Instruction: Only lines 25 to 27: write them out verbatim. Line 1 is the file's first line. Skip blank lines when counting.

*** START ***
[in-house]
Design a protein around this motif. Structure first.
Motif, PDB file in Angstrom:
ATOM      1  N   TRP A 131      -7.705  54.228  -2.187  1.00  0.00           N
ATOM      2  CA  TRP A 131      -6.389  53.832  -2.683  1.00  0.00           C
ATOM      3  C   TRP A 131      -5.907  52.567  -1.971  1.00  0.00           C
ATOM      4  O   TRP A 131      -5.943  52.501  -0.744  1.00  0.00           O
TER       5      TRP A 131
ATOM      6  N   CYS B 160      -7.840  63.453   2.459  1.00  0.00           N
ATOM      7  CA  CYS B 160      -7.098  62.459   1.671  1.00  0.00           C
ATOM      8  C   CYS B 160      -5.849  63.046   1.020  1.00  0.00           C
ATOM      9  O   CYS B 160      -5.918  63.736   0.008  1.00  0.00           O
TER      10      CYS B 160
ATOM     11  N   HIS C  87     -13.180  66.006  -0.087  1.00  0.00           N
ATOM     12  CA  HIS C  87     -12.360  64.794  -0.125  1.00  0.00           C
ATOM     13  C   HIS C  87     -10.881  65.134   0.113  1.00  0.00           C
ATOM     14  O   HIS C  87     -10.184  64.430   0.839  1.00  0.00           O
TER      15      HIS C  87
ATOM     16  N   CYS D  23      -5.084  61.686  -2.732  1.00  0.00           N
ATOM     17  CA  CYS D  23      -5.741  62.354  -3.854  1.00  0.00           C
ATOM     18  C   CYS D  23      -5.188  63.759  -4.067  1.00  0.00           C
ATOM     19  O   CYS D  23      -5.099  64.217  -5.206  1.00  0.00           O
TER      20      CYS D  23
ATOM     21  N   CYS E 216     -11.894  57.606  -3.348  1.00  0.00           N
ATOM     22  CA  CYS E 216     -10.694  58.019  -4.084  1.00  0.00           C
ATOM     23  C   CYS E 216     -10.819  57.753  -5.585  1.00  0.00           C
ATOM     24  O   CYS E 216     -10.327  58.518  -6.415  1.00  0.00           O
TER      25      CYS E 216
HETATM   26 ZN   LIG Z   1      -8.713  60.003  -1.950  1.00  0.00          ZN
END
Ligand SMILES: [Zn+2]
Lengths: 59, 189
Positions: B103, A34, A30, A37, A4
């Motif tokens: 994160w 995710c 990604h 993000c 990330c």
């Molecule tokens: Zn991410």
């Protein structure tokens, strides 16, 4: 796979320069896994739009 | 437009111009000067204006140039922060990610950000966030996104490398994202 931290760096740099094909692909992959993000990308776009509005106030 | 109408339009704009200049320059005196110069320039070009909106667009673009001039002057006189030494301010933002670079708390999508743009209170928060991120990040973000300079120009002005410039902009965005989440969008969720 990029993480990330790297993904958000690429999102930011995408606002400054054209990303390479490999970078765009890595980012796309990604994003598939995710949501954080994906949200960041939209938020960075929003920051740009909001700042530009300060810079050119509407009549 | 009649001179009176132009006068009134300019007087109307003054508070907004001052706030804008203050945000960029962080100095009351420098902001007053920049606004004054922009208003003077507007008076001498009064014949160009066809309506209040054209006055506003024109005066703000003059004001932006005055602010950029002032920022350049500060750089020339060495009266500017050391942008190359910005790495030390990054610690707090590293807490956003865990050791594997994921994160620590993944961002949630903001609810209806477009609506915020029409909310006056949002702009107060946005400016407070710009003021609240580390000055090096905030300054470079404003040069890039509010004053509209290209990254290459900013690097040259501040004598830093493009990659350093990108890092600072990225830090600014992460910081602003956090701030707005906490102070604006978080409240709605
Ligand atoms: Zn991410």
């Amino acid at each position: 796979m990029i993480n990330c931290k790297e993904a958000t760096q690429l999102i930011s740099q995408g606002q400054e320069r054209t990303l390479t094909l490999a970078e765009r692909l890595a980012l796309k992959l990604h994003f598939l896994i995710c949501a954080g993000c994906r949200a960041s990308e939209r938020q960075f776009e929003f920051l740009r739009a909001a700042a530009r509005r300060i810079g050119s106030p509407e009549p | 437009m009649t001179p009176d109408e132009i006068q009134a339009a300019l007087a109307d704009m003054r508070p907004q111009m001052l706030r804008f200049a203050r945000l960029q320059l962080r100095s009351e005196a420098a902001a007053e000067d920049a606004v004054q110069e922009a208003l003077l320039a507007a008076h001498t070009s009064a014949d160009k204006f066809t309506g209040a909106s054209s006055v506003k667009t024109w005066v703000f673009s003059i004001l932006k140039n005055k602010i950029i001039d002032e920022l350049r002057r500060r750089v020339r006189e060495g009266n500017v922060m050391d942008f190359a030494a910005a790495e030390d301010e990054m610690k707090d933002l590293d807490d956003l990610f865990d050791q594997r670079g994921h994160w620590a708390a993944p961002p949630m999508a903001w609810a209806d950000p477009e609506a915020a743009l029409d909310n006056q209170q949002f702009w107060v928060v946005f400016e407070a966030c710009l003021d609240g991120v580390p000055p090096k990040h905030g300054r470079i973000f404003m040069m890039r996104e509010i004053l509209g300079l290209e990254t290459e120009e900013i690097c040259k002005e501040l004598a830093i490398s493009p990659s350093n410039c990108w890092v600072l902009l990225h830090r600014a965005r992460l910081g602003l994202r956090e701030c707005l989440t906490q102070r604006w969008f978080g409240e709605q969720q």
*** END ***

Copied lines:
ATOM     22  CA  CYS E 216     -10.694  58.019  -4.084  1.00  0.00           C
ATOM     23  C   CYS E 216     -10.819  57.753  -5.585  1.00  0.00           C
ATOM     24  O   CYS E 216     -10.327  58.518  -6.415  1.00  0.00           O